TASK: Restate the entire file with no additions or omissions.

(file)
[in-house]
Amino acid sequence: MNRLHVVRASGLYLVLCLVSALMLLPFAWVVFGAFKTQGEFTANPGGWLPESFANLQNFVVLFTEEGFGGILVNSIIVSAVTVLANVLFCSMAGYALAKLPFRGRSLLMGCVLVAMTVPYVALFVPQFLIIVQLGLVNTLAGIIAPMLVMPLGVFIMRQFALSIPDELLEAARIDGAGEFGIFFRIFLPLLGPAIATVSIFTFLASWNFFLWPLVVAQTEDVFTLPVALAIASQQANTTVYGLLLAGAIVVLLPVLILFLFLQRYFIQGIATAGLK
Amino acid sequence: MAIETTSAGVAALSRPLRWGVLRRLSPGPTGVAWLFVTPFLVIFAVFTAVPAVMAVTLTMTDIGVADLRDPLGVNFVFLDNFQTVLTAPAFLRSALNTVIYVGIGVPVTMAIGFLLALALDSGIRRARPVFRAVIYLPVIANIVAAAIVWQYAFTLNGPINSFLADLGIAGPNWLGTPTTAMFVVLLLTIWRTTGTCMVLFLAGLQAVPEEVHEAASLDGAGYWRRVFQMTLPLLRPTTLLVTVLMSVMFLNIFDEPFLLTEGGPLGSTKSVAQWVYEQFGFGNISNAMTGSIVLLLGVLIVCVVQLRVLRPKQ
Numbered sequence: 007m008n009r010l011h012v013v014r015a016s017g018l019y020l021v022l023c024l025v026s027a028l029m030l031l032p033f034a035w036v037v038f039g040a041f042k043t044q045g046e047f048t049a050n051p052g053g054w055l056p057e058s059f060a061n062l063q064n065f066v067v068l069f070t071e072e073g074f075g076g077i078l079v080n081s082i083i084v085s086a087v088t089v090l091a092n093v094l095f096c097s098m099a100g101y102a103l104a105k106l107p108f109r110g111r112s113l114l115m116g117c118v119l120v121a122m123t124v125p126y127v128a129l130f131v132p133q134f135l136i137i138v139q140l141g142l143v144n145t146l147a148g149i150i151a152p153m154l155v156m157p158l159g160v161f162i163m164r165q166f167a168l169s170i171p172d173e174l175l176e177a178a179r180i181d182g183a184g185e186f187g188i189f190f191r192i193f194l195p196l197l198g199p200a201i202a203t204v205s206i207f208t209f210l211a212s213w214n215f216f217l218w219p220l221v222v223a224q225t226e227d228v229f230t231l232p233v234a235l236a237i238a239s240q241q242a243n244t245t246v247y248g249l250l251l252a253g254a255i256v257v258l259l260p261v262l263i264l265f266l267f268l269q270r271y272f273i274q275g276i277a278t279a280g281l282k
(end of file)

[in-house]
Amino acid sequence: MNRLHVVRASGLYLVLCLVSALMLLPFAWVVFGAFKTQGEFTANPGGWLPESFANLQNFVVLFTEEGFGGILVNSIIVSAVTVLANVLFCSMAGYALAKLPFRGRSLLMGCVLVAMTVPYVALFVPQFLIIVQLGLVNTLAGIIAPMLVMPLGVFIMRQFALSIPDELLEAARIDGAGEFGIFFRIFLPLLGPAIATVSIFTFLASWNFFLWPLVVAQTEDVFTLPVALAIASQQANTTVYGLLLAGAIVVLLPVLILFLFLQRYFIQGIATAGLK
Amino acid sequence: MAIETTSAGVAALSRPLRWGVLRRLSPGPTGVAWLFVTPFLVIFAVFTAVPAVMAVTLTMTDIGVADLRDPLGVNFVFLDNFQTVLTAPAFLRSALNTVIYVGIGVPVTMAIGFLLALALDSGIRRARPVFRAVIYLPVIANIVAAAIVWQYAFTLNGPINSFLADLGIAGPNWLGTPTTAMFVVLLLTIWRTTGTCMVLFLAGLQAVPEEVHEAASLDGAGYWRRVFQMTLPLLRPTTLLVTVLMSVMFLNIFDEPFLLTEGGPLGSTKSVAQWVYEQFGFGNISNAMTGSIVLLLGVLIVCVVQLRVLRPKQ
Numbered sequence: 007m008n009r010l011h012v013v014r015a016s017g018l019y020l021v022l023c024l025v026s027a028l029m030l031l032p033f034a035w036v037v038f039g040a041f042k043t044q045g046e047f048t049a050n051p052g053g054w055l056p057e058s059f060a061n062l063q064n065f066v067v068l069f070t071e072e073g074f075g076g077i078l079v080n081s082i083i084v085s086a087v088t089v090l091a092n093v094l095f096c097s098m099a100g101y102a103l104a105k106l107p108f109r110g111r112s113l114l115m116g117c118v119l120v121a122m123t124v125p126y127v128a129l130f131v132p133q134f135l136i137i138v139q140l141g142l143v144n145t146l147a148g149i150i151a152p153m154l155v156m157p158l159g160v161f162i163m164r165q166f167a168l169s170i171p172d173e174l175l176e177a178a179r180i181d182g183a184g185e186f187g188i189f190f191r192i193f194l195p196l197l198g199p200a201i202a203t204v205s206i207f208t209f210l211a212s213w214n215f216f217l218w219p220l221v222v223a224q225t226e227d228v229f230t231l232p233v234a235l236a237i238a239s240q241q242a243n244t245t246v247y248g249l250l251l252a253g254a255i256v257v258l259l260p261v262l263i264l265f266l267f268l269q270r271y272f273i274q275g276i277a278t279a280g281l282k